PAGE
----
The June war was a watershed in the history of the modern Middle East. In six days, the Israelis defeated the Egyptian, Syrian and Jordanian armies, seizing large portions of their territories. Two veteran scholars of the Middle East bring together some of the most knowledgeable experts in their fields to reassess the origins and the legacies of the war. Each chapter takes a different perspective from the vantage point of a different participant, those that actually took part in the war and also the world powers that played important roles behind the scenes. Their conclusions make for sober reading.
The Arab-Israeli War: Origins and Consequences (Cambridge Middle East Studies) [Wm Roger Louis, Avi Shlaim] on hiqiwaryjiqy.tk *FREE* shipping on. Editorial Reviews. Book Description. The June war was a watershed in the history of the modern Middle East. In six days, the Israelis defeated the Egyptian.
At the heart of the story was the incompetence of the Egyptian leadership and the rivalry between various Arab players who were deeply suspicious of each other's motives. Israel, on the other side, gained a resounding victory for which, despite previous assessments to the contrary, there was no master plan. Help Centre. My Wishlist Sign In Join. Be the first to write a review.
Sorry, the book that you are looking for is not available right now. Diverse social and political movements had emerged to challenge the political, geopolitical and social status quo.
Whilst ideologically, these movements had problematic attitudes to gender equality, nevertheless, they provided a terrain upon which young, middle class women could subvert gendered hierarchies and transgress dominant norms of gendered respectability, by participating in street demonstrations, joining political groups, challenging authority, and disobeying parents. Some were even arrested.
In this way, women aligned their performances of radical new gender constructs with resistance to the socio-political and geopolitical status quo. However, this post revolutionary wave in the Arab countries was eventually defeated by Western allies in the region.
In particular, US support for Egypt amounted to billions of dollars in aid after President Anwar al-Sadat signed the peace treaty with Israel in President Sadat first attempted to undermine radical political movements by allowing Islamists to operate openly on university campuses, in contrast to the rule of his predecessor Gamal Abdel-Nasser, under whom Islamists had been imprisoned and even executed.
Yeah, so those final years in university, there were the Islamists on the one hand and the Nasserists on the other hand.
And the confrontations were violent, […] students got beaten up. Of course, we as women, we did not get beaten up. But we received a lot of abuse. So I was happy to graduate.
Sadat undermined some of the gains for middle class women through the introduction of infitah or economic reforms privileging the private sector. The relative decline in public sector wages as a consequence of infitah disproportionately impacted women, for whom the public sector was the employer of first choice. On 17 January, workers walked out of their factories, and were later joined by thousands of students, civil servants, and other Egyptians, who marched on downtown Cairo.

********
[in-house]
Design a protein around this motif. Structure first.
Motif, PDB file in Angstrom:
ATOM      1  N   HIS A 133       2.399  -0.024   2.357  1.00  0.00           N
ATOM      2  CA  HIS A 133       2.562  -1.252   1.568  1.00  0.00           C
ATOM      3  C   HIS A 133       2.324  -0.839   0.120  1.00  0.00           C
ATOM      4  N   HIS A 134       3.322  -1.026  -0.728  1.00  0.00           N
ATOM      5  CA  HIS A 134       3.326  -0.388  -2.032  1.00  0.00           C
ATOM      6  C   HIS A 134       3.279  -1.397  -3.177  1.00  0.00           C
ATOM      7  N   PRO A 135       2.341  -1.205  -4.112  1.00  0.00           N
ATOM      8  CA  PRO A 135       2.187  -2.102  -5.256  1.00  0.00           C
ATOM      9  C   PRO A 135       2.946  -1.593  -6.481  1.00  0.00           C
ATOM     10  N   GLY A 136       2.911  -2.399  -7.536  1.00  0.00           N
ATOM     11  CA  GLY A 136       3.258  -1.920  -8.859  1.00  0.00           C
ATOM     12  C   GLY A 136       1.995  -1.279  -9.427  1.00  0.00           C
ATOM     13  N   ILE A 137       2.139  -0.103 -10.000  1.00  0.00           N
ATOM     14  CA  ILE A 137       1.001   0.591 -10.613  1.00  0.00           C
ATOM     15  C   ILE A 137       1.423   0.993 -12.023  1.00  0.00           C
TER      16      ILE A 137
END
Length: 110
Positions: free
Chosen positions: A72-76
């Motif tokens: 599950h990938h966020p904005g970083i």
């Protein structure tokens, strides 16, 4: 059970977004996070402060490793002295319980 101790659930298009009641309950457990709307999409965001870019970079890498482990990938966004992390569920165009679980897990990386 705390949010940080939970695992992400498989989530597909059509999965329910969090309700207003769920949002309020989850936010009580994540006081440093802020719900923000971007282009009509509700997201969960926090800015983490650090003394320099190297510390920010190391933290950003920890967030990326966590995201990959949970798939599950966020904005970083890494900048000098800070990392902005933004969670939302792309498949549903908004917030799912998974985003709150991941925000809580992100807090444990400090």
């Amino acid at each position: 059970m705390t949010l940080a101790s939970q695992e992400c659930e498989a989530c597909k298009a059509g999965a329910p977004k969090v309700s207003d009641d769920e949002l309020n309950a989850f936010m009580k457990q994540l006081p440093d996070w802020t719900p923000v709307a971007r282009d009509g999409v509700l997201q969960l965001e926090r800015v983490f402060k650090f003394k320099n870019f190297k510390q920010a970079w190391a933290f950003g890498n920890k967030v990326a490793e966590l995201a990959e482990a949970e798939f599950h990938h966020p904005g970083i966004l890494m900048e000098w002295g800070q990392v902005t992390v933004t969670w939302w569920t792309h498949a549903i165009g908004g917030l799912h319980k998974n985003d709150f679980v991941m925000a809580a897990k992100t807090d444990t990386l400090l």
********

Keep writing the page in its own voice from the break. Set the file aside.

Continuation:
Protests spread throughout the country. All in all, demonstrators were killed and eight hundred injured by security forces. Thousands of leftists were rounded up and imprisoned, accused of attempting to overthrow the regime. I was arrested at university and I was charged with attempts to overthrow the regime and joining a secret organization and all the rest of the list of accusations by the state security that is still used until now. I spent forteen or fifteen months in jail. The wide scale clampdown on activists after heralded the end of the leftist student movement as a force within Egyptian politics.
Many of the underground Marxist organizations began to break up.
Similar to what we have seen in Egypt since the summer of , many activists became disillusioned and withdrew from public activism. Many took time out to read, pursue careers or doctoral studies abroad, reflecting upon and revising their previous political-ideological beliefs.
Women who attended university in the s remarked to me that there was a near absence of political activism on Egyptian campuses beyond Islamist student groups. A central part of the counter-revolution was the restoration of the gender status quo ante, in which women were expected to comply with gendered hierarchies and notions of female respectability. In , a group of women activists and lawyers created a coalition against the repeal of the relatively progressive amendments to the personal status law, amongst other initiatives in the s see Al-Ali for further details.
Retrieved 10 December A compelling analysis considers the ways Israel has used the memory of the Holocaust to define its existence and politics. Boston, MA: Beacon Press. Syria: playing with fire David Lesch; 4. New York Times. The reservists trained three or four days a month [ citation needed ] and went back to civilian life the rest of the time. An Israeli sailor was killed and four wounded, and two of the ships were damaged.
Indeed, they successfully integrated the transformation of gender norms into demands for broader sociopolitical transformations see various chapters in El Said, Meari and Pratt. As I wrote last year , activists are facing a huge challenge in their simultaneous attempts to maintain their dynamic paradigm for gender justice, to resist state cooptation and top-down impositions, and to embed revolutionary gender constructs from the grassroots-upwards. Women activists face similar dangers today in the context of an ongoing counter-revolution across the Arab world.